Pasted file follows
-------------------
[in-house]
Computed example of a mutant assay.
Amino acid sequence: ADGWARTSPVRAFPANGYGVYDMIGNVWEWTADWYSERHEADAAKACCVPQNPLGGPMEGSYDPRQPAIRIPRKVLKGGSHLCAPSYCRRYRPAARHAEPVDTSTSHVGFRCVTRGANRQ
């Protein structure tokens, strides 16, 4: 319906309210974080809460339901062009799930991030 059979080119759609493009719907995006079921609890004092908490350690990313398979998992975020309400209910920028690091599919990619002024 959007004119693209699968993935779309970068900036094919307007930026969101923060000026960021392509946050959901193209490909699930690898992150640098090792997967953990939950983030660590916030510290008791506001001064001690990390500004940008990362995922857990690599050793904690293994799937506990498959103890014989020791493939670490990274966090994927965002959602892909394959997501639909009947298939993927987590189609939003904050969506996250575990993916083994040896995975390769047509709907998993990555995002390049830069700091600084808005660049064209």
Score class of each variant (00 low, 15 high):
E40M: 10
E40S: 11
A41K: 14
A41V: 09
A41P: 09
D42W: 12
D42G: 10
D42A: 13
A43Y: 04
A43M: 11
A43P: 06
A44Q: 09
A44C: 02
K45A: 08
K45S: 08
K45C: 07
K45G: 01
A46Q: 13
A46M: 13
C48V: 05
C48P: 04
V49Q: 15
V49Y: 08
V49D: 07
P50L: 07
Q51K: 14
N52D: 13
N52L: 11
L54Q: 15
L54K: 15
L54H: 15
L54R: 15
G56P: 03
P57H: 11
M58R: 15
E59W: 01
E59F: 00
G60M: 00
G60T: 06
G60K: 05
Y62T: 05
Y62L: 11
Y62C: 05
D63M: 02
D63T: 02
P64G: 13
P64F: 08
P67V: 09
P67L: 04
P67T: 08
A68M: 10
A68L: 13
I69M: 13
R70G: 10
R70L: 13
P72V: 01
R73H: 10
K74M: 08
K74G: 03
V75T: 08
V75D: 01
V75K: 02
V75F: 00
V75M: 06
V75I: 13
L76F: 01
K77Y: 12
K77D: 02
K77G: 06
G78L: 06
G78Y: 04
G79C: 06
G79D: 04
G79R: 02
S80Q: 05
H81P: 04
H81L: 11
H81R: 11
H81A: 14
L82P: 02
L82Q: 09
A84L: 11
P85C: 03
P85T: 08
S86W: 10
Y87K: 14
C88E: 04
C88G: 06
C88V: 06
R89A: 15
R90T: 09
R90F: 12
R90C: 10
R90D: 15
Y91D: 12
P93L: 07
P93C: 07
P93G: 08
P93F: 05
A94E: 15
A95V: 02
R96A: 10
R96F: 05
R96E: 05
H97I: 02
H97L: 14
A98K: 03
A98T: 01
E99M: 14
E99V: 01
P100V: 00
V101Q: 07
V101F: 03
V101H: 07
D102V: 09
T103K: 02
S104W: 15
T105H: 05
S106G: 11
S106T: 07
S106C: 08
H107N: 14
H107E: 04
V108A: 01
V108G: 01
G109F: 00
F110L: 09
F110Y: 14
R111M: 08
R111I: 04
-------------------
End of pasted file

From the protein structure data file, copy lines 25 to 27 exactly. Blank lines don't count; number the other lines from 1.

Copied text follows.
C48V: 05
C48P: 04
V49Q: 15